The blow-down controller assembly 11 automatically provides for blow-down of one or more of the plurality of filter assemblies in a specified sequence, when it is determined that the system as a whole has been sufficiently clogged to require blow-down cleaning of at least one filter. The controller senses the need for cleaning by comparing the pressure in the common outlet 17 (fed to the controller via the control line 18) with the pressure in the common inlet line 14 (fed to the controller via the control line 16). Outlet pressure is of course always lower than inlet pressure, but when the differential between the two pressures reaches a predetermined level, it indicates that the filter elements are excessively clogged and that one or more should be cleaned until the pressure differential is again brought below the predetermined level. Control of blow-down at each filter assembly 10 is accomplished through a blow-down pilot line 12 in conjunction with the blow-down discharge valves 13. The opened or closed condition of the pilot operated valve 13 is responsive to fluid pressure in the pilot line 12. The valve is biased toward the open position as schematically indicated, so that when pilot pressure drops below a certain pressure the valve opens; it closes and remains in the closed position schematically indicated in FIG. 1 when pilot pressure exceeds and remains above the specified pressure level. Thus, the blow-down valve 13 is normally held closed by the maintenance of sufficient fluid pressure in the pilot line 12, but when blow-down is necessary, pilot pressure is relieved to below the required level and the blow-down valve 13 is opened. The controller 11 accomplished these functions and also progressively sequences the filter assemblies for blow-down when cleaning is required. The sequencer, schematically indicated by the reference number 26, is always positioned to vent the pressure in one of the blow-down pilot lines 12 when required. FIG. 1 illustrates a system wherein the controller is adapted to control four filter assemblies, the pilot connections of which to the controller 11 are denominated V.sub.1, V.sub.2, V.sub.3 and V.sub.4, with the V.sub.1 connection shown selected for the next blow-down cycle. When the filter 10 associated with the connection V.sub.1 has been cleaned, and the pilot line 12 has been repressurized, the sequencer 26 advances to the pilot connection V.sub.2 and again begins sensing for the required pressure differential indicating the need for cleaning. If the blow-down of a single filter was not sufficient to adequately clean the system, the indicative pressure differential is again sensed and the pilot line associated with the pilot connection V.sub.2 is vented for cleaning of the filter system associated with that pilot line. The cycle repeats until enough of the four filter assemblies have been cleaned to enable the pressure differential to drop into the normal range. During a blow-down cycle, all pilot lines other than the one being vented are pressurized by the controller to keep the respective blow-down lines closed; between blow-down cycles, all pilot lines are pressurized by the controller.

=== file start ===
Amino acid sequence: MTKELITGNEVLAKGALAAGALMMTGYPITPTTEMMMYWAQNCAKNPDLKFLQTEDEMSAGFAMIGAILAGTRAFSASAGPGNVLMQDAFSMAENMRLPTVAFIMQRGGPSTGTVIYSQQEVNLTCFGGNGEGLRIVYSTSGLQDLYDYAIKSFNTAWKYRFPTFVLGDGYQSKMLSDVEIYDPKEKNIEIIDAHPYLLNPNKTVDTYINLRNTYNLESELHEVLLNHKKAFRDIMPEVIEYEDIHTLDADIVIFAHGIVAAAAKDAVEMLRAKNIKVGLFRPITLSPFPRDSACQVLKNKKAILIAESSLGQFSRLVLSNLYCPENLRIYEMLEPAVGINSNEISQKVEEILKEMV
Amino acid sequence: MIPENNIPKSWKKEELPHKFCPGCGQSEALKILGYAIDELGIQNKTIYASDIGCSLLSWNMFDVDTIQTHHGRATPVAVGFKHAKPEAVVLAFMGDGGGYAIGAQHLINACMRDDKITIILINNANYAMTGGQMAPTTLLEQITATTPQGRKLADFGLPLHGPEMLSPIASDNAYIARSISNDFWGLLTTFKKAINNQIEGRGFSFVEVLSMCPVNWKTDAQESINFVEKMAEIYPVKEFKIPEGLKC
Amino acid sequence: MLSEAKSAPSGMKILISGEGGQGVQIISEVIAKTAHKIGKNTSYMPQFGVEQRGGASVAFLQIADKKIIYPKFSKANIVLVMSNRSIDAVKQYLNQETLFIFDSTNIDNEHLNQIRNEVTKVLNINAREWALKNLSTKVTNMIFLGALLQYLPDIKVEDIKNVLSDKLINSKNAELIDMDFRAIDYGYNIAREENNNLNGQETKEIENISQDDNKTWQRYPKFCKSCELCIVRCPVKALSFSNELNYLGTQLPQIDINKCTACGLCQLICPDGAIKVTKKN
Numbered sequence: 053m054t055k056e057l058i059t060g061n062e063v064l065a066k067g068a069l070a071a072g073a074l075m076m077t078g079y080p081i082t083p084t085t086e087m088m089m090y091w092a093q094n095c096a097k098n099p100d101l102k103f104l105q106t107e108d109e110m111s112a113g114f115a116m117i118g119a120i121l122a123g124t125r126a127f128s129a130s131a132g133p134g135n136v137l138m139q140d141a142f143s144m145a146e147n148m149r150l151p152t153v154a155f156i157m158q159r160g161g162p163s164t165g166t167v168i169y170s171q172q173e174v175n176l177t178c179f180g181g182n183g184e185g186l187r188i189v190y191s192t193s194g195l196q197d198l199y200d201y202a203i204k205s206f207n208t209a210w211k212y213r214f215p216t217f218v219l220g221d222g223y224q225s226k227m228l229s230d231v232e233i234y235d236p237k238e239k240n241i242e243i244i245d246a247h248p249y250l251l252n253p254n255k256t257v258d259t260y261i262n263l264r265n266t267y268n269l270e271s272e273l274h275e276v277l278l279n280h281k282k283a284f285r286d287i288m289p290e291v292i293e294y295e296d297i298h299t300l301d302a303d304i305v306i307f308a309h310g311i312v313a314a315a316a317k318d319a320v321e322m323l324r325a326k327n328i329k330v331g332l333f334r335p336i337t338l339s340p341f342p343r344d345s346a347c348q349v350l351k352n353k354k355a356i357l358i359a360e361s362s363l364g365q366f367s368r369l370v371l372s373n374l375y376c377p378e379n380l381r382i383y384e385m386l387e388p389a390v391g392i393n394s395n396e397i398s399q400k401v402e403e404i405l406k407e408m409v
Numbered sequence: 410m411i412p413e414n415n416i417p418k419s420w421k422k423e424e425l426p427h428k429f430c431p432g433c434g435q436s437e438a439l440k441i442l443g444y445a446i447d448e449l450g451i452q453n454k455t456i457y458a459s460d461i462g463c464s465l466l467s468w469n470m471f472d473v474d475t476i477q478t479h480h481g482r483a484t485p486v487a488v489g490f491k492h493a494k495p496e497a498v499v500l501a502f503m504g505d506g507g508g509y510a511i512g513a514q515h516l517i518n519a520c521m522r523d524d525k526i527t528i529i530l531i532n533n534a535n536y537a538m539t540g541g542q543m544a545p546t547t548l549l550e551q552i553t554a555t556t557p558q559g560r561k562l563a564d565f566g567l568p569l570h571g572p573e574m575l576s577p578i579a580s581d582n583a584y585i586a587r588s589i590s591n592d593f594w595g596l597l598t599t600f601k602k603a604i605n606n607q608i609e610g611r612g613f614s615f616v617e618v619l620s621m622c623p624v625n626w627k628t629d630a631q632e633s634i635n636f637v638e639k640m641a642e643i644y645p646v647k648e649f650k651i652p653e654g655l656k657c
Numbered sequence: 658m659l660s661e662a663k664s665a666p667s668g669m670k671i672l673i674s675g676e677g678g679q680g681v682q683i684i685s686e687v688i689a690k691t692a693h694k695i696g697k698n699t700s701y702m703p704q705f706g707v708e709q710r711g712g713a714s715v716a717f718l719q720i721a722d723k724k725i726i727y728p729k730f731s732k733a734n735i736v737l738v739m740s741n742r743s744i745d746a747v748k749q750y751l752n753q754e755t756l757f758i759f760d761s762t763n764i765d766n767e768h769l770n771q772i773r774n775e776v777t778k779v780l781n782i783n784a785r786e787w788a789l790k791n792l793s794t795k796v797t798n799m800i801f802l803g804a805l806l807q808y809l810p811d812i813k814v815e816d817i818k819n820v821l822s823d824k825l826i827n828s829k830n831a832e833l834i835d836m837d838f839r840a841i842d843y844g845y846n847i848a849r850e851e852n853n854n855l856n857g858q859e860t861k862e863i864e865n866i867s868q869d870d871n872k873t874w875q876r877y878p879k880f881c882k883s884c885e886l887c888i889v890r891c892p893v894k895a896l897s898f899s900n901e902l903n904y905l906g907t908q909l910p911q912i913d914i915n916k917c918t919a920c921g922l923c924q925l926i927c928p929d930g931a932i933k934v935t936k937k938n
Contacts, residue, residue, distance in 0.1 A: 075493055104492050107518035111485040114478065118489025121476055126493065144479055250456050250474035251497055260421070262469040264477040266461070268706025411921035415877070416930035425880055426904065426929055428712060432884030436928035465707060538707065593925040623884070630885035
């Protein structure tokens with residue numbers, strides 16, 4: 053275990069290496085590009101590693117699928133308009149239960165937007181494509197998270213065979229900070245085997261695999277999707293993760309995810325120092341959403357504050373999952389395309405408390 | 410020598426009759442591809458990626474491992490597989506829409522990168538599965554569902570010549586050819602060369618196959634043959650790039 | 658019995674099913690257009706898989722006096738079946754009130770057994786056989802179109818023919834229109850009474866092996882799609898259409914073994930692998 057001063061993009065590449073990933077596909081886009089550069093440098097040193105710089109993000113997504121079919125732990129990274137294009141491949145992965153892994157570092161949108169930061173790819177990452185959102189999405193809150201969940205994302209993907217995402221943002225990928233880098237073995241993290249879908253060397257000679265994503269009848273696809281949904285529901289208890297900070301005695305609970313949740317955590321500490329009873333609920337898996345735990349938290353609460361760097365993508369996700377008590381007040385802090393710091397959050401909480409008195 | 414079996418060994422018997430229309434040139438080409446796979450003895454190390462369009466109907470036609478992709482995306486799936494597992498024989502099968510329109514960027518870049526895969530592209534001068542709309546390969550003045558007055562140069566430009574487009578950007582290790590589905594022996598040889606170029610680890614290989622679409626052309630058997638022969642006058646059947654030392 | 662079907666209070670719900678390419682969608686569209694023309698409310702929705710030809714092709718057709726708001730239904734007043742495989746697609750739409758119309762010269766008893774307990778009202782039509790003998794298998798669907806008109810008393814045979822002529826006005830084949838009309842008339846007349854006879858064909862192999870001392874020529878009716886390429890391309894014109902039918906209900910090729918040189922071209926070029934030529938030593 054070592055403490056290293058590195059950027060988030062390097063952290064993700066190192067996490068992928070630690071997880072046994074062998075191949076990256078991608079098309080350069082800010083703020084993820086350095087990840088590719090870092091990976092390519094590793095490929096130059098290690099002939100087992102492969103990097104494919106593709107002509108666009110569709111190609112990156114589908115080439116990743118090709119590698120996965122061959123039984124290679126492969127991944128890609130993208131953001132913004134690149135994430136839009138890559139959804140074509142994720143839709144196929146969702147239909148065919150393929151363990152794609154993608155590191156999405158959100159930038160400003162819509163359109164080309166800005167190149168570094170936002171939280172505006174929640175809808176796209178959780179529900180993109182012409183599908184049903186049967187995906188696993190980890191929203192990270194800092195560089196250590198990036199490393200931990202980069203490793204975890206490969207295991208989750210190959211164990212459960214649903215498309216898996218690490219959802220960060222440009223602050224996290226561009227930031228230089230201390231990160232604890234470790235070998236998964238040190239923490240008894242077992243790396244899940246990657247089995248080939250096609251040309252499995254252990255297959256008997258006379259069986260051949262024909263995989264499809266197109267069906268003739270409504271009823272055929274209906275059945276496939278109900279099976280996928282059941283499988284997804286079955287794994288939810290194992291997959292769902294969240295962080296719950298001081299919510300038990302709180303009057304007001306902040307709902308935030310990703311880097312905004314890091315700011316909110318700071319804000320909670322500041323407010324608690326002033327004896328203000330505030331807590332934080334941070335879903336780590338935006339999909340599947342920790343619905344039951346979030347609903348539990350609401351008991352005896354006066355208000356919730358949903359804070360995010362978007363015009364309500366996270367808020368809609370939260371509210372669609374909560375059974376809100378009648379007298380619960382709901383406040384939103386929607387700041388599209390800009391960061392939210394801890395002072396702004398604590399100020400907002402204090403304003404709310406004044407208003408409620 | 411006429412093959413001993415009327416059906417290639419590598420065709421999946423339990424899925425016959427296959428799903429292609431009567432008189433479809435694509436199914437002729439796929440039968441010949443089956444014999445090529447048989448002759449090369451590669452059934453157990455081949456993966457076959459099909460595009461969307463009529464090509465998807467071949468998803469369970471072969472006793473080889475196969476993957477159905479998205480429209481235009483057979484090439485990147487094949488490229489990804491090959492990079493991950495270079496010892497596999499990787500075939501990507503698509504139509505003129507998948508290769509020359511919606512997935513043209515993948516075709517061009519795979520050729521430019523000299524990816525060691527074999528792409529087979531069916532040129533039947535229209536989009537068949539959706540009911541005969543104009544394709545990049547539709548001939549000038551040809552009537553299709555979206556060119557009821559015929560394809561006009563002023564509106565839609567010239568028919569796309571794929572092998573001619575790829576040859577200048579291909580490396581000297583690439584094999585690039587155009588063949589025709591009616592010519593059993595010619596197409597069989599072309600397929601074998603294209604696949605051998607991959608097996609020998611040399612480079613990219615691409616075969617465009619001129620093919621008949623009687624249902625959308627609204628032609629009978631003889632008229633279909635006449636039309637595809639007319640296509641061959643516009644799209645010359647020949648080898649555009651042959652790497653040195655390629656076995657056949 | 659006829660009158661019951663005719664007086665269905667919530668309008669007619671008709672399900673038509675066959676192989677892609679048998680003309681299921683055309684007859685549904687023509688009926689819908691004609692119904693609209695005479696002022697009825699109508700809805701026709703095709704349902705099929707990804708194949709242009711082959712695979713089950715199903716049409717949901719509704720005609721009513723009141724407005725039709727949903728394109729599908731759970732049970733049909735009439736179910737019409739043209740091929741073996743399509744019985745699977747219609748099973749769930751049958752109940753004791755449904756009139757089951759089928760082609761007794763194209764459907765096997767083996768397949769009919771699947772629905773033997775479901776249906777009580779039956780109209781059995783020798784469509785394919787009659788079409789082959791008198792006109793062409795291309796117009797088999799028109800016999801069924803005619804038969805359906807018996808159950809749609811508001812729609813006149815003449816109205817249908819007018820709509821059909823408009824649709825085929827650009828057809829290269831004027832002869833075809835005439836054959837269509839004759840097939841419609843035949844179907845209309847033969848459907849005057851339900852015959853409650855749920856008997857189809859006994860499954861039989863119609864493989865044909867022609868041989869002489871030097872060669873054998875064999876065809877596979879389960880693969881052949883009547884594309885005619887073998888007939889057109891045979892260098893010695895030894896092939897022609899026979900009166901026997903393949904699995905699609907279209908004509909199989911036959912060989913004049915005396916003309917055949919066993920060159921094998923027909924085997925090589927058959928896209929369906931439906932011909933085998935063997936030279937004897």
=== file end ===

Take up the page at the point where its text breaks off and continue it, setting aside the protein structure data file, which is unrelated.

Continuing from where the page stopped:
Schematically indicated valving means 27 and 28 cooperate with the sequencer 26 to control the venting and pressurization of pilot lines and to control the duration and re-setting of the blow-down cycle. As indicated, inlet fluid-pressure from the control line 16 is provided to three of the pilot connections via one conduit arrangement, and to the fourth through the valve 27, which is normally in the position shown. An inlet pressure supply line from the inlet control line 16 is denoted I. Pressure from the inlet source is sufficient to hold each of the blow-down valves in the system closed.